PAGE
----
“One in Florida, two during Antarctica expeditions and one from the Bismark Islands.”
Information on their recovery is sent to the country of origin.
Two new suspected bird flu cases were reported in South Korea Saturday, stoking concerns that the highly pathogenic poultry disease may be spreading in the country, the agriculture ministry said.
According to the ministry, the additional suspected cases were reported at a chicken farm in the southern port city of Busan, and a duck farm in Jincheon, 90 kilometers south of Seoul.
A virulent H5N8 strain of avian influenza has so far been confirmed in 27 cases in South Korea since it was first detected on Jan. 16 in Gochang, 300 kilometers south of Seoul.
More than 2.4 million chickens and ducks have so far been culled.
The government has pointed to migratory birds as the original source of bird flu after the H5N8 virus was identified in a group of wild ducks found dead Jan. 17 at a reservoir near a duck farm that reported the first outbreak of AI. The highly pathogenic strain of bird flu has since been identified in 13 other cases that involved wild birds.
Health officials said the H5N8 strain, unlike a few other strains of bird flu, poses no immediate threats to humans. No human infection of the strain has been reported, they said.
National water agency PUB said that it was notified about the dead fish on Tuesday morning, and immediately sent contractors to clean up the river. The clean-up was completed by 3pm on Wednesday, the spokesman added.
PUB explained that lower levels of dissolved oxygen in the water caused by recent hot and dry weather could have killed the fish. It said that only two species of fish – tilapia and mayan cichlids – were found dead.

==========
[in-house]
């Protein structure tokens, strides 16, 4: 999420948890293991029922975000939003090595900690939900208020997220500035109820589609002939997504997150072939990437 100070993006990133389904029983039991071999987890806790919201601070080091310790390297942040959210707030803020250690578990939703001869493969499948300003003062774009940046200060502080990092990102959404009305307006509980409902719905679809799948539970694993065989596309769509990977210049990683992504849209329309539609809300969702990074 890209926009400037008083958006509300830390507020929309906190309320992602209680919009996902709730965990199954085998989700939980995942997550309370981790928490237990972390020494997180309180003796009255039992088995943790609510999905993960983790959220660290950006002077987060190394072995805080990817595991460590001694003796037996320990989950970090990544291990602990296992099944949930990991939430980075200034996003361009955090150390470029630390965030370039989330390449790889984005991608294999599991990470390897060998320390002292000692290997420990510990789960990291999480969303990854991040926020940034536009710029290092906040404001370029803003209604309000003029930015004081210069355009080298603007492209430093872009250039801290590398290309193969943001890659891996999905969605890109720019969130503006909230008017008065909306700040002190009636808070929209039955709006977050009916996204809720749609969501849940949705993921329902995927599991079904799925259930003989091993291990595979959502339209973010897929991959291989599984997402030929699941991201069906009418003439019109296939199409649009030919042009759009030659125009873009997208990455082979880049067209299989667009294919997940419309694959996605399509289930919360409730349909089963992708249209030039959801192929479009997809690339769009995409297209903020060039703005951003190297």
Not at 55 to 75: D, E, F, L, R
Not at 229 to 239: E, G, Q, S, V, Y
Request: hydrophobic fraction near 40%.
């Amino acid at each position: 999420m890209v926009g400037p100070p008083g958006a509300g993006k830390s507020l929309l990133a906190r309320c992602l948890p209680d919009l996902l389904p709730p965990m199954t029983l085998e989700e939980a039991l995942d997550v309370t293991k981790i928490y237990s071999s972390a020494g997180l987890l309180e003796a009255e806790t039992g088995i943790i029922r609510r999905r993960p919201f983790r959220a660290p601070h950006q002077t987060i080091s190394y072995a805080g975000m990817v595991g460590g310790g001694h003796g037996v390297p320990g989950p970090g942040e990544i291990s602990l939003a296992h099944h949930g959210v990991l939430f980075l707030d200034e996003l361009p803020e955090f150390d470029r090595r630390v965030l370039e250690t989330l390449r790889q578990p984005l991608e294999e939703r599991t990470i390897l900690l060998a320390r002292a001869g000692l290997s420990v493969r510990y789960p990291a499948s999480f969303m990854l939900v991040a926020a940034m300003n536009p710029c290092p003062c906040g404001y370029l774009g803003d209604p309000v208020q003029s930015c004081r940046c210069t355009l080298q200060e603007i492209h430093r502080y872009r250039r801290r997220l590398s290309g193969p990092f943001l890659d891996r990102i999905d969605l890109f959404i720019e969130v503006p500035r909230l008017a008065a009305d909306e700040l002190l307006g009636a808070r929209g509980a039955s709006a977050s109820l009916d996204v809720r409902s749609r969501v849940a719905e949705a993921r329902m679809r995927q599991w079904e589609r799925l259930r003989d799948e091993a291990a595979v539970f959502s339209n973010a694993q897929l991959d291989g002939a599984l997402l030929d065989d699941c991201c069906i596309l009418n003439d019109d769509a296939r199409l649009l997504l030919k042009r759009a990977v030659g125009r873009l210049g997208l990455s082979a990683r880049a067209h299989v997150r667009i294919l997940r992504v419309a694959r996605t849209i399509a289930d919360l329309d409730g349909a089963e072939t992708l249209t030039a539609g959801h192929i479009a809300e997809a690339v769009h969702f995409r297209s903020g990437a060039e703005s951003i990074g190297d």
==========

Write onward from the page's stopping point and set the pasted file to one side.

At least 1,122 carcasses of Olive Ridley turtles were washed ashore on the beaches of Tamil Nadu and Andhra Pradesh in January alone.
More than 145 dead turtles were found on the stretch between Marina Beach and Neelankarai, while 226 were found between Neelankarai and Marakkanam. In Andhra Pradesh, Nellore recorded 547 carcasses. Marine conservationists say there has been a sharp increase in the number of dead turtles found along the beaches of Tamil Nadu and Andhra Pradesh.
The main problem, according to marine experts, is fishing nets. The turtles normally come to nest on beaches on the east coast from January to March. “The female turtles dig nests and lay around 60 to 120 eggs at a time. The same turtles may nest two or three times and stay close to the shore during this time. As they stay close to the shore, many easily get entangled in the fishing nets,” said Supraja Dharini, chairperson of TREE Foundation, a non-governmental organization that works for the protection of endangered marine species. The foundation conducted the study of the beaches.
Dharini said not a single day passed in January without phone calls from volunteers about carcasses on beaches. “The main reason for this tragedy is that the turtles get caught in the trawl fishing nets of mechanised boats, gill nets or ray fishing nets. Turtles need to come to the surface of the sea to breathe. Once they are trapped in the net, they remain underwater and drown,” said Dharini.
Marine expert P Dhandapani said the injuries on the carcasses had to be investigated. “In many cases, turtles die after getting entangled in fishing nets. Since the rate of mortality is so high in this case, the injuries on the carcasses need to be investigated properly before reaching a conclusion,” said Dhandapani, retired marine scientist, Zoological Survey of India.
Scientists estimate that only one in 1,000 hatchlings survives to adulthood. Creating awareness, according to Dhandapani, is not enough. “Everyone knows that many turtles die after getting trapped in fishing nets. But how do we stop this? The government must implement the suggestions made by marine scientists such as banning some types of fishing nets to prevent such deaths,” he said.